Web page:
make room for their own. But the way out was distributing handouts - about 
your movement, about the issues that bother you, any information about your 
panel, event or stall that you wish to share with you don't want to know whom 
but you know that that somebody will be interested. 

As you could expect, it was a multilingual space - people wanting to get heard 
had translated their stuff into English, and people who could not understand 
English had made their own arrangements, like this very efficient Korean 
group which was seen herding together adjacent to a venue, listening to 
simultaneous translation and radio transmission, as eagerly and seriously as 
some of us did in those cricket's radio commentary days. People were there  
to express solidarity, to collect and give information, to buy and sell 
books, to talk and to listen, of course.  But they were also there to just be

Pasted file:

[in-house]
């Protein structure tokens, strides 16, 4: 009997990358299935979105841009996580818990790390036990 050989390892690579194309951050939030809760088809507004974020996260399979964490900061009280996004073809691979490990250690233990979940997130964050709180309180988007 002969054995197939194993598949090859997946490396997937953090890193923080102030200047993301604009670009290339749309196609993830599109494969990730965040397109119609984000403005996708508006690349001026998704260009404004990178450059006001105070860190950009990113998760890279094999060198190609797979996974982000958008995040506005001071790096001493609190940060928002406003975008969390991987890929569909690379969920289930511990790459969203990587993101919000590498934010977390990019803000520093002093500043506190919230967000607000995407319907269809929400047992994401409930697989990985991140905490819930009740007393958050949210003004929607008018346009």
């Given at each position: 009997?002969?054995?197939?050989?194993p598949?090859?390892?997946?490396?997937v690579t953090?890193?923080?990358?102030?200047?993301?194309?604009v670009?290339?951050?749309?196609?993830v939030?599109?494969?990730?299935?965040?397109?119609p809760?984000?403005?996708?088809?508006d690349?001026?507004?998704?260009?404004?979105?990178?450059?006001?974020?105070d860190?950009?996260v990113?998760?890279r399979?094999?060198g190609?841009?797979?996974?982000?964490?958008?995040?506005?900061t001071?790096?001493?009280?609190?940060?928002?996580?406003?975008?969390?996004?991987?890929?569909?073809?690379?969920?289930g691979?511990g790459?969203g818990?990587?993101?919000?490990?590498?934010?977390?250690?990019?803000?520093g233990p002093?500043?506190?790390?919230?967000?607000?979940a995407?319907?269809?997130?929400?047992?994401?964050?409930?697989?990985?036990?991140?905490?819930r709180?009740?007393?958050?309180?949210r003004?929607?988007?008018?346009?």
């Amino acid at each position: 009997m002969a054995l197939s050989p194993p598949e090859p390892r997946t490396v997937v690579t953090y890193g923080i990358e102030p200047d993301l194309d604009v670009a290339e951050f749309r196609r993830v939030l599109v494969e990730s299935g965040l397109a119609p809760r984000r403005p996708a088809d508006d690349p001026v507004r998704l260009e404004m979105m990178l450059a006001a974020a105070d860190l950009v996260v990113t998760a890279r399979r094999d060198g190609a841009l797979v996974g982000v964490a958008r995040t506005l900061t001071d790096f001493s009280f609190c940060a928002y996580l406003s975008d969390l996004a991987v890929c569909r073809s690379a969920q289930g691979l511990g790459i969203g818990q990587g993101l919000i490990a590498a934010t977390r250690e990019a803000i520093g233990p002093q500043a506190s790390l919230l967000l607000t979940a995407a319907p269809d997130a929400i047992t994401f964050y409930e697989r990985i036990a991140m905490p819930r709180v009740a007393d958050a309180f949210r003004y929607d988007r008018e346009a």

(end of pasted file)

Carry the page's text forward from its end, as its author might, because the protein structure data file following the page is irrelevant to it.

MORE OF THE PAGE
there and to feel a certain thereness. So, beyond a point language was a 
non-issue. One could hear peer-to-peer announcements, but also one-to-all 
announcements - in various languages. And that to me was the strength and 
beauty of such a gathering. The WSF was multitudinous and contradictory. Only 
hegemonistic designs insist on slavish agreements. Here people amply 
demonstrated that it was possible to disagree and yet inhabit the same civic 
and political space. Like the filmmaker who was collecting signatures against 
the organisers who did/could not a screening of his film on Gujarat. I saw 
that he found whole lot of willing signatories. 

On the basis of all this one can say that while mainstream Indian, national 
media misreported the event, the Mumbai Resistance group miscalculated its 
scope. It could very well have protested against WSF from within and could 
have hoped to have got heard more! 

That's it readers for now. Thanks for your patience. I hope to write more in 
coming days. Comments, reflections and  add-ons are most welcome.